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                      #11
                      It is not hydraulic. It has a huge threaded ram with a hand wheel. The hand wheel can do a couple of tons but to get to the twenty ton capacity there is a ratchet like a bumper jack to increase the tension.

                      Press work isn't hard but sometimes it requires a little thought. Never apply the thrust through the balls or rollers of the bearings. Save old bearings and take them apart by ripping out the bearing retainers and then save the inner and outer races. A collection of them can be used as pushing tools during installations. A couple of different sized bearing splitters are also quite handy.

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                        #12
                        Many times there is no way to take something apart without stressing the bearings because of the way the piece is designed. Looking at your axles they may be in this category. Bearings are usually based on standard sizes so replacing them is cheap insurance.

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                          #13
                          My new press arrived very quickly, and it was easy to put together.

                          i will email Zelena Vozila and ask if I should anticipate putting in new bearings when I put in the new, longer bare axle.

                          I will also ask him the part number of the bearings needed.

                          Thanks for the tips, Calfee.

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                            #14
                            I was looking at your photo again. The wires come out by that flat so you can only push one way. It also looks like there are snap ring grooves. Snap rings usually have two sides a sharp side and a rounded side. The sharp side has more holding power. This is something that most people don't know even mechanics.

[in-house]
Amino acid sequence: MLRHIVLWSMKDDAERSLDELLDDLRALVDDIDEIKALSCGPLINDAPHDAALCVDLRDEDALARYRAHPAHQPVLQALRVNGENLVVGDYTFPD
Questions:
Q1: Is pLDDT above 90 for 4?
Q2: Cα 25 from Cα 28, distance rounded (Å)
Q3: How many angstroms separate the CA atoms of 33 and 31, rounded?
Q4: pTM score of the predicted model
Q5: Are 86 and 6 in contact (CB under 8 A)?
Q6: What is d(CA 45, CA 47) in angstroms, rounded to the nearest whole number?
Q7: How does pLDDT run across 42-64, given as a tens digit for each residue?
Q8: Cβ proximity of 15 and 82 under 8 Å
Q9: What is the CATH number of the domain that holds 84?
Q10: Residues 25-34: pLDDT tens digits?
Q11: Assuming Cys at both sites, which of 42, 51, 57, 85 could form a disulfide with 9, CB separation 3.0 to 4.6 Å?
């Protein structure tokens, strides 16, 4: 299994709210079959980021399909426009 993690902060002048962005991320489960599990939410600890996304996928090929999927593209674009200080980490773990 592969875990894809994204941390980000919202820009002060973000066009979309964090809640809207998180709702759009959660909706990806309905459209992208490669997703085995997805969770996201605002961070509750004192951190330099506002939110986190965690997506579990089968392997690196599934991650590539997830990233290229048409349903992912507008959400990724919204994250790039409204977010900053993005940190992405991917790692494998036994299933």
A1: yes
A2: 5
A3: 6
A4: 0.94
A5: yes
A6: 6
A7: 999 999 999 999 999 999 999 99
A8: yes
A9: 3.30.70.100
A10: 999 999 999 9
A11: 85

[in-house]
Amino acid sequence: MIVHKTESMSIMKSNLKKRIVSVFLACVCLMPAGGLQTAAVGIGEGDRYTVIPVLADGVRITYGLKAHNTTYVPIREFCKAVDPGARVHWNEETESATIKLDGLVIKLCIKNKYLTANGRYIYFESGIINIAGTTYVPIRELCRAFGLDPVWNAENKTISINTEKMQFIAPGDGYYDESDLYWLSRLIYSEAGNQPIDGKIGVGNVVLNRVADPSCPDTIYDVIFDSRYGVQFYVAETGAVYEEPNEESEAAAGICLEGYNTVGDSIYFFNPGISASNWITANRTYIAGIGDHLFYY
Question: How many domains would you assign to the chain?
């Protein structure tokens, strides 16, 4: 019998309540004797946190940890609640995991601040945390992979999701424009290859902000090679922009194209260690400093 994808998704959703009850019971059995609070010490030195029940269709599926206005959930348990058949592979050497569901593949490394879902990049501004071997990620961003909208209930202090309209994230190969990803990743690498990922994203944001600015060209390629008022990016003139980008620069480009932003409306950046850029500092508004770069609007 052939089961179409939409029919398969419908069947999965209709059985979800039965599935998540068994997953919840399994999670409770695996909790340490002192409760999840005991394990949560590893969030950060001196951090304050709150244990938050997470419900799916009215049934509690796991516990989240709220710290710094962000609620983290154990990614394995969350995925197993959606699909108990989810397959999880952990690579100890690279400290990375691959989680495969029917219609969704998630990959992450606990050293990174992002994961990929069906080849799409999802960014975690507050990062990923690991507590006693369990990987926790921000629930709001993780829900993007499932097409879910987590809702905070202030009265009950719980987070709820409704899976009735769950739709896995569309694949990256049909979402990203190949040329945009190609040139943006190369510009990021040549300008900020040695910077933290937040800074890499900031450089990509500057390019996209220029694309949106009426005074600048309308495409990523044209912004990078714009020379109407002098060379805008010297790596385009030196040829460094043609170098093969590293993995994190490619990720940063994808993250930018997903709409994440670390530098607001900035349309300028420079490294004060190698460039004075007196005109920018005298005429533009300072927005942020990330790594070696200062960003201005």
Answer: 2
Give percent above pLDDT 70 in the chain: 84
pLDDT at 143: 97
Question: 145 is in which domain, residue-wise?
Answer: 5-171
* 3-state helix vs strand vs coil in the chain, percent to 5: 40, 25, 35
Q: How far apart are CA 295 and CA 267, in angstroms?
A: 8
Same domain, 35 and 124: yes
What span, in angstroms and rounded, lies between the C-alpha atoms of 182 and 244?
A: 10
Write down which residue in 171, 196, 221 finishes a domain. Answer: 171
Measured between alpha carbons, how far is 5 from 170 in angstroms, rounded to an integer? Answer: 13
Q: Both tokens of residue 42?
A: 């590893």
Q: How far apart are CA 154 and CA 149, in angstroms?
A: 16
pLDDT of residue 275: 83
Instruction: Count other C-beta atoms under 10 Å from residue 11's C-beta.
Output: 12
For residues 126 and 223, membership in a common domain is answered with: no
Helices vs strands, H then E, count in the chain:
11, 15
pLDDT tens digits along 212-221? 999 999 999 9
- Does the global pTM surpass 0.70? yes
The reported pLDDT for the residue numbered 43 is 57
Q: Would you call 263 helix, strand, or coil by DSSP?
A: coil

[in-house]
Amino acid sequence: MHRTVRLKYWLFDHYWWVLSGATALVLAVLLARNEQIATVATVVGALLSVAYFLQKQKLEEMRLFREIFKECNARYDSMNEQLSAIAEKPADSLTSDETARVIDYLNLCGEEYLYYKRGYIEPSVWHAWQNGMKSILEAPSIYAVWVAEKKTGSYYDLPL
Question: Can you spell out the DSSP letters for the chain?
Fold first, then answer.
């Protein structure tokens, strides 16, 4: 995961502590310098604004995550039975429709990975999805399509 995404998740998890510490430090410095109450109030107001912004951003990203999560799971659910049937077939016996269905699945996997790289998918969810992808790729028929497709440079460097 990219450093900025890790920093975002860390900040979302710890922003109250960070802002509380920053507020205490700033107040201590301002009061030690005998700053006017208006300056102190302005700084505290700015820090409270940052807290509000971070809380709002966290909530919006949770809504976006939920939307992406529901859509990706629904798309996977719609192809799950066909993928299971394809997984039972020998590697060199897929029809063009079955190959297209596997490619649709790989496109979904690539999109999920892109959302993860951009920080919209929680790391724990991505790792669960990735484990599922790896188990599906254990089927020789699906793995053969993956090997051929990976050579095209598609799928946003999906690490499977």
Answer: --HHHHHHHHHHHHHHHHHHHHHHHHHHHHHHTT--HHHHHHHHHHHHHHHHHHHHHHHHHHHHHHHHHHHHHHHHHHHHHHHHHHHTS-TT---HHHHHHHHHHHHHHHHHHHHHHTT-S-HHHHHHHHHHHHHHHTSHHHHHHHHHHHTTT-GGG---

I just watched the reassembly videos and I don't like the way it was done. Fortunately there didn't seem to be much pressure to put it together so I am sure the bearings are fine. Personally I would have pressed the bearing in the cover by pressing on the outer race and then press the cover on with a tool that would slide over the axle and press on the inner race. That would be a more difficult way but correct.........just my OCD showing................calfee

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                              #15
                              Very insightful tips, Calfee. I'm right there with ya on the OCD, believe me.

                              I own six of these motors. All four of my bikes use these, and the last two are spares. Since this is the only motor that I use, it will be worth it for me to learn how to take them apart, replace parts, and reassemble.

                              It is nearly the same motor as any QS Motor with a 50mm stator. From what I have seen, most DD hub motors seem to have the same general design. If anybody finds videos of people taking these apart, please post the links here.

                              I will post videos here of my action.